Every 10 years or so the top marketing execs at Pepsi throw millions of dollars into a refresh of the Pepsi brand identity. They want to make the brand relevant and appealing to young consumers.
Some changes are controversial. Some go off without a hitch. Either way, Pepsi always manages to generate hives of online buzz and plenty of press every time they release another big brand redesign.
It’s not surprising… whenever you start messing around with one of the world’s most recognized commercial icons, people are going to talk.
But it’s not like grocery carts are piling up in the beverage isle while soccer moms wax eloquent about the new design aesthetic. Nope, the armchair quarterbacking is limited to graphic design forums and beverage industry trade pubs.
The newest edition that’s rolling out in 2024 seems to be a fairly quiet big brand redesign. (Notice that they no longer use the word “Diet.”)
The change seems to be widely accepted, probably because harkens back to classic designs of the past. It taps into the heritage of the brand and takes three steps backward in order to move forward. Here’s what it looked like back in 1973:
The last big brand redesign from Pepsi was just the opposite. Back in 2009 they created a huge stir by departing completely. Everyone had an opinion on this one:
“I love it.”
“I hate it.”
“It looks like the Obama logo.”
“It’s not young enough.”
“It’s static, empty and vaguely bland.”
“It’s demonic brainwashing.”
All the usual, judgmental responses to a big brand redesign from design industry pundits.
But then the “rationale” for the 2009 logo started circulating on the web, and the debate took on a viral life of its own.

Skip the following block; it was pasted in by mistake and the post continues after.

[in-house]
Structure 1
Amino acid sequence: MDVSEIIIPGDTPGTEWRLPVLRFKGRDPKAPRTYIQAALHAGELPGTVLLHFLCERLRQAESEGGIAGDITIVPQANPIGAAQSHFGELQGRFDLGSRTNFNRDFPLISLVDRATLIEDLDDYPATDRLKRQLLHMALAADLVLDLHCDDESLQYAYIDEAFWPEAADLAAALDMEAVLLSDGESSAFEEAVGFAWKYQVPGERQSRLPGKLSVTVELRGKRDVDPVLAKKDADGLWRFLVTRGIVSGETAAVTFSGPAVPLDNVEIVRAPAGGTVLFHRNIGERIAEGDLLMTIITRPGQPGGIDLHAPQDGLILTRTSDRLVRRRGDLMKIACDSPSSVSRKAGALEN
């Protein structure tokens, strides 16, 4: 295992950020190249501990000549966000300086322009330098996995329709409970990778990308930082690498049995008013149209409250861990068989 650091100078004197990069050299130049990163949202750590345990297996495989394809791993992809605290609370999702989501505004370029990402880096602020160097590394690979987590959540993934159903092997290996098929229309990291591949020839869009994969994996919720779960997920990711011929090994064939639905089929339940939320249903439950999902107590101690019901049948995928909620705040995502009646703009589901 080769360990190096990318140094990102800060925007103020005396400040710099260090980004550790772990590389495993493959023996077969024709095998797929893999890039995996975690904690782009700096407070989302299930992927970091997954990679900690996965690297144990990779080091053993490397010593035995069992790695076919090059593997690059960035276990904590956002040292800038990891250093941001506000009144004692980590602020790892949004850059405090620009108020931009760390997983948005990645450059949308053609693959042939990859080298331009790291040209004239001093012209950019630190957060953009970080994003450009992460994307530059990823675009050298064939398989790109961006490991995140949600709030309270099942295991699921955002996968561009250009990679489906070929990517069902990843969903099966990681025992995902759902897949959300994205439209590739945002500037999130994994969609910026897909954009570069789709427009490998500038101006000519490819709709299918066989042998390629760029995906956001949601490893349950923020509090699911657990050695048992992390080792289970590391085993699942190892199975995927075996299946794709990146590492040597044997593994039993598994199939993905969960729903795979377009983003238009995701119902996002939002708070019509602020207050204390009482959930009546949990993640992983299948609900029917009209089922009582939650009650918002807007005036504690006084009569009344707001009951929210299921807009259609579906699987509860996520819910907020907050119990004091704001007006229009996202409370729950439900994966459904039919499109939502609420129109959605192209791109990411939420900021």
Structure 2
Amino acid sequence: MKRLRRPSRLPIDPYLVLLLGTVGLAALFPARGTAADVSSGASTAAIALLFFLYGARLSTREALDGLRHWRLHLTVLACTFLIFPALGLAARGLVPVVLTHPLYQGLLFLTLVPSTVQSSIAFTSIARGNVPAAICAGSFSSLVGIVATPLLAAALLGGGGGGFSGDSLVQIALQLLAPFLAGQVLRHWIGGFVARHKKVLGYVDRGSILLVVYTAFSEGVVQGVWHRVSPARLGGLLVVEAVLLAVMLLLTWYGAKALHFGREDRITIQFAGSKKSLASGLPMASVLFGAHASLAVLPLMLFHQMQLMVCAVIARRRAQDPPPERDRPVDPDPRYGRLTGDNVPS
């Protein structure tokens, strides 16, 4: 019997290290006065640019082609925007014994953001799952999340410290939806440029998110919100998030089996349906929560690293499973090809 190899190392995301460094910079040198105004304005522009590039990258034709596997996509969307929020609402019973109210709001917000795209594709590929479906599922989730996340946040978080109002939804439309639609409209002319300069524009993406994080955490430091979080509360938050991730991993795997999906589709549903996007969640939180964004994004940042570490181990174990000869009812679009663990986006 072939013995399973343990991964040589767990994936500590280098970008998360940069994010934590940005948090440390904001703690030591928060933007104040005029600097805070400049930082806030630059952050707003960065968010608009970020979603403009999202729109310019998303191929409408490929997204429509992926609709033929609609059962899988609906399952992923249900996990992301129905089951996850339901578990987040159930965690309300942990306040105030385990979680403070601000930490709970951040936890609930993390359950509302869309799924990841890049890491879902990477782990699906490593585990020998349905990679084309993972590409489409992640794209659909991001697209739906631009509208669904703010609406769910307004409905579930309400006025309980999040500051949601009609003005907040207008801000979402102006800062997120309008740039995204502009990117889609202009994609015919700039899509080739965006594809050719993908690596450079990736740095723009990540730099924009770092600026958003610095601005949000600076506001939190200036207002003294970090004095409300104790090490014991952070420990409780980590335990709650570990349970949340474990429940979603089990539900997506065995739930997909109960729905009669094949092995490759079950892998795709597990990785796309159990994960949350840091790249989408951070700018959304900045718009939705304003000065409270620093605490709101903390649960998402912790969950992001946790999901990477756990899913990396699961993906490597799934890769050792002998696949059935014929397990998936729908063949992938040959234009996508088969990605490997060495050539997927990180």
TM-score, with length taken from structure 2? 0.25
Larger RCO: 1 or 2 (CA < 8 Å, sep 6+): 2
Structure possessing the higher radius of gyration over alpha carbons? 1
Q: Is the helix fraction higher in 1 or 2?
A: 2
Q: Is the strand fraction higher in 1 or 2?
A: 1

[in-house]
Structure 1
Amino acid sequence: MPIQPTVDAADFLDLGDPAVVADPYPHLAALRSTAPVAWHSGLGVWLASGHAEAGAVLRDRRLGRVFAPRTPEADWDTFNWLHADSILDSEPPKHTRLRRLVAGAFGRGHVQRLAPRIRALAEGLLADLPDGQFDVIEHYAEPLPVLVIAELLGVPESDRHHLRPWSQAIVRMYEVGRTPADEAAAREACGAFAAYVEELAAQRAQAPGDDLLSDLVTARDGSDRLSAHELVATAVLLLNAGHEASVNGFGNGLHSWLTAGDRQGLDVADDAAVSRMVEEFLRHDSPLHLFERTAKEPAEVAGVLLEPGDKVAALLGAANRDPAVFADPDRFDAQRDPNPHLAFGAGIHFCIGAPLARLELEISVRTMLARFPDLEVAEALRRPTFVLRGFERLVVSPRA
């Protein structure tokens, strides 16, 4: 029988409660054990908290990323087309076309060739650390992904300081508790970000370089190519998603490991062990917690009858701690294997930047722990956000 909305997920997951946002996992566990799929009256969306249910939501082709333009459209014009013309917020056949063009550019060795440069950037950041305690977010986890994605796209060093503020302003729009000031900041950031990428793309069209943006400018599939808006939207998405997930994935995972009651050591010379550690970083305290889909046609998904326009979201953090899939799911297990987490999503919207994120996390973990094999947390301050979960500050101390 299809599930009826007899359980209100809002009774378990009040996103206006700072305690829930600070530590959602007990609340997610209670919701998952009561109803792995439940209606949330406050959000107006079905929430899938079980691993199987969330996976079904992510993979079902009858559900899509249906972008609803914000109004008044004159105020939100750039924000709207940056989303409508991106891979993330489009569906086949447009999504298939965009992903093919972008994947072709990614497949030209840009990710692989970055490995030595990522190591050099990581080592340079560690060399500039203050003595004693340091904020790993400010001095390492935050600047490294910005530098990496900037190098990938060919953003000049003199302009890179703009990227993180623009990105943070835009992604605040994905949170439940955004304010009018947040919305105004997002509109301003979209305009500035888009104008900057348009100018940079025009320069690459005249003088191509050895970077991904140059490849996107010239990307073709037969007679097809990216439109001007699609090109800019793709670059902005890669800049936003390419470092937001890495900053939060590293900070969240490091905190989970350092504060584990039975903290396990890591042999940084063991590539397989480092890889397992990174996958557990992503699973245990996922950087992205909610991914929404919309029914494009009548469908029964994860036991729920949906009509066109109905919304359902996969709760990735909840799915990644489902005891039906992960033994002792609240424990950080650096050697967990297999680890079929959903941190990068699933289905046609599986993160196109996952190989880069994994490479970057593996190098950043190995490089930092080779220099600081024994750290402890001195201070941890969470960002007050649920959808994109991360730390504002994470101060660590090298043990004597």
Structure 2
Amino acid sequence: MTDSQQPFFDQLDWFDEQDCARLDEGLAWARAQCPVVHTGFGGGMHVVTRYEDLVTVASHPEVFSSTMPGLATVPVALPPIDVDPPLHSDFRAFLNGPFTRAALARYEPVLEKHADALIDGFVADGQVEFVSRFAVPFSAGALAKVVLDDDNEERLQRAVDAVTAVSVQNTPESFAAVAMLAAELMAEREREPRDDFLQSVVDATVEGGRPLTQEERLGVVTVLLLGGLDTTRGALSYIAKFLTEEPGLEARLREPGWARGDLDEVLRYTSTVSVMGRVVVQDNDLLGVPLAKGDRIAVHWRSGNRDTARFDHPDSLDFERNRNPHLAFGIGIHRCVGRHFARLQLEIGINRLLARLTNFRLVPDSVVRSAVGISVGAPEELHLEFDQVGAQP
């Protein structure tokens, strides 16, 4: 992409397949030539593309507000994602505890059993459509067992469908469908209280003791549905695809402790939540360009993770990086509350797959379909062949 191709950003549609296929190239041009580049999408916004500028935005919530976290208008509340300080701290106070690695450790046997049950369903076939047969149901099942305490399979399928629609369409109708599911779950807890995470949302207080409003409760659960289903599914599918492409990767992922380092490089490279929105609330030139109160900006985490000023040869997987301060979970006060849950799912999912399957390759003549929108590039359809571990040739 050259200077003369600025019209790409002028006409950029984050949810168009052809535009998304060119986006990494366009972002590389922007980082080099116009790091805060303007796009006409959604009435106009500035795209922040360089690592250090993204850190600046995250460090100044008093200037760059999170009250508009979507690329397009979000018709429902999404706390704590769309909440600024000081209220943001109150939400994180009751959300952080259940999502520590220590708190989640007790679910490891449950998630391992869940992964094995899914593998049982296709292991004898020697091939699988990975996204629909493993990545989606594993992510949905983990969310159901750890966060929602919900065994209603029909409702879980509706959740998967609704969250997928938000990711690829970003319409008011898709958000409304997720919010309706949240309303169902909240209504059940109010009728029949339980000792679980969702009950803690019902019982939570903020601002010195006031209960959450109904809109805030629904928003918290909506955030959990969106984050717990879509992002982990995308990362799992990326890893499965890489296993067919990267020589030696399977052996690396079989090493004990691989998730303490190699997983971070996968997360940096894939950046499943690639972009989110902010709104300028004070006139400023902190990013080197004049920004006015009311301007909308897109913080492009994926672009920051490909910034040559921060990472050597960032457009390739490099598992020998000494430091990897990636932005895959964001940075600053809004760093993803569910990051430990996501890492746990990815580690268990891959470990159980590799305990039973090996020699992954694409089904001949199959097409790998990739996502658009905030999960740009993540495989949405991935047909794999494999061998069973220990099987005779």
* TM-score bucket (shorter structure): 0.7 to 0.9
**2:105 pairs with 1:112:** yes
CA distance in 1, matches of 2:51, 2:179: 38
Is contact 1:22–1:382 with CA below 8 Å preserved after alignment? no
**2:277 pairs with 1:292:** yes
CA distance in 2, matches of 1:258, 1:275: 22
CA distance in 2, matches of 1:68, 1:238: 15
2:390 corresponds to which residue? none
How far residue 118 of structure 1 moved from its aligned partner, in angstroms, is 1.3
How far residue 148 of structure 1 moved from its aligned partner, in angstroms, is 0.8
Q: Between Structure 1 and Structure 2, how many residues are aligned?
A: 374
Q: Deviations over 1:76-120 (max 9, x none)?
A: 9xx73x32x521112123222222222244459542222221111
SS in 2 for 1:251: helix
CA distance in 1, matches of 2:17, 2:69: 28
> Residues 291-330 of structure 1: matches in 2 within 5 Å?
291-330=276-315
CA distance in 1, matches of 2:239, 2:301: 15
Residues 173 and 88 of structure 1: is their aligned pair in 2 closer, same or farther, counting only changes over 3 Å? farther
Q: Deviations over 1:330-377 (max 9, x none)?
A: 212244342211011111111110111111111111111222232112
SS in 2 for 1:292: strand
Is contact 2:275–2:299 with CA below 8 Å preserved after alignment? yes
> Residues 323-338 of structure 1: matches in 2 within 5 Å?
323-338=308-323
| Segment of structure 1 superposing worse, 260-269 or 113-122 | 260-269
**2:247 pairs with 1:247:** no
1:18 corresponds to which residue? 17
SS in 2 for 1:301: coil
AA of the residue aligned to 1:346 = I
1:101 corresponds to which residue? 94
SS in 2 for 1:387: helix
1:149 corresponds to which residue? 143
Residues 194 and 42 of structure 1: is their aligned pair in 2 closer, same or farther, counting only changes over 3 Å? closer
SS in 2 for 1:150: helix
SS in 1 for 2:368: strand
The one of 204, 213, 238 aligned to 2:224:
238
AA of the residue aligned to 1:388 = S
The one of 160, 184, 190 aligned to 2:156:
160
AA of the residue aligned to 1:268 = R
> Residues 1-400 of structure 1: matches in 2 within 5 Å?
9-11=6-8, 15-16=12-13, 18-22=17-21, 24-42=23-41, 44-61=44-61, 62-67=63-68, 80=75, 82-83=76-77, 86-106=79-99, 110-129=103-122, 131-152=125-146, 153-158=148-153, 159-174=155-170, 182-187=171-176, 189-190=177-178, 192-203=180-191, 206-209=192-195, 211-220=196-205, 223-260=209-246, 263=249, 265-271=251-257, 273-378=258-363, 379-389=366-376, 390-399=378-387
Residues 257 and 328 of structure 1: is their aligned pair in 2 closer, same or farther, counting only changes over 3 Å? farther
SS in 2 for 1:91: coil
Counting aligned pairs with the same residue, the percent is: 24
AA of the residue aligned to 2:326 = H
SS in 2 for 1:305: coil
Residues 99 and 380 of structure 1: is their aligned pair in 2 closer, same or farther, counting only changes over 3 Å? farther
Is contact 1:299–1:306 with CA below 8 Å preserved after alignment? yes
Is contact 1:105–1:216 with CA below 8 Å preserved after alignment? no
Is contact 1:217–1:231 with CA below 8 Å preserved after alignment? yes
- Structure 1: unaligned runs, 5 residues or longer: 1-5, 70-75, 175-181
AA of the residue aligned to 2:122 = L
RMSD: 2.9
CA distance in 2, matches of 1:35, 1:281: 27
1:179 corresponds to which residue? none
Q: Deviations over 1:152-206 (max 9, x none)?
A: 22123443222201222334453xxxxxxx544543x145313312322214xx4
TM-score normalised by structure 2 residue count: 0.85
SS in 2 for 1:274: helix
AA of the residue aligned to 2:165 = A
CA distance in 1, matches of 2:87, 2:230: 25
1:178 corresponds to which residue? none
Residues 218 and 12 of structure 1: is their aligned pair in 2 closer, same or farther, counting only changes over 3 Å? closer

The 27-page design brief for the Pepsi logo redesign entitled “Breathtaking” reads like a scientific white paper loaded with marketingese and unprecedented levels of highly creative BS. In fact, Fast Company Magazine called it branding lunacy…
“Every page of this document is more ridiculous than the last ending with a pseudo-scientific explanation of how Pepsi’s new branding identity will manifest it’s own gravitational pull.”
The L.A. Times was equally critical:
“Behold, then, the scattered and burning debris field of one of corporate America’s most misbegotten image makeovers… According to the brief, the new Pepsi logo lies along a trajectory of human consciousness that includes in its arc the Vastu Shastra, a 3,000-year-old Hindu architectural guide; Pythagoras (the Golden Section); the Roman architect Vitruvius; the Fibonacci series; Descartes; and Corbusier.”
(Kinda reminds me of the rationale used to justify an empty blue rectangle for the Nationwide Insurance Logo. But in this case, the design itself isn’t that bad.)
The document was so over the top, some say it was a deep fake hoax. Maybe the controversy is what the design firm, Arnell, had in mind all along. Maybe someone at Arnell created the brief document AFTER the fact just to poke fun at their critics and generate media attention.
If that’s the case, the stunt has backfired, big time.
The brief makes Arnell look like corporate bandits, it makes Pepsi look bad for buying into the rationale, and it discredits the entire branding industry.
It’s hard enough to get C-level executives to take branding seriously, without this kind of nonsense floating around.
Great design speaks for itself. You don’t need a physics thesis to explain it. It just works.
My 11 year-old daughter liked that version of the Pepsi logo. (Said it makes her happy.) And now that I’ve read the exhaustive brief, I know why…
It’s a smiley face.
An overanalyzed, underwhelming, million dollar smiley face. It even comes in a variety of grin sizes. (Apparently regular ol’ Pepsi gets a smaller grin than the newer versions of Pepsi, like Pepsi Max. Whatever that is.)
Pepsi’s going to spend more than a billion dollars redoing all their packaging, vending machines, trucks, POP materials and everything else. The new logo’s going to be EVERYWHERE!
So I’m kinda glad Arnell changed the old wavy logo into a smiley face. Temporarily. But I have to admit to being a sucker for nostalgia, so in my book the latest rendition wins the prize.
Learn more about corporate rebranding and logo design, try this post.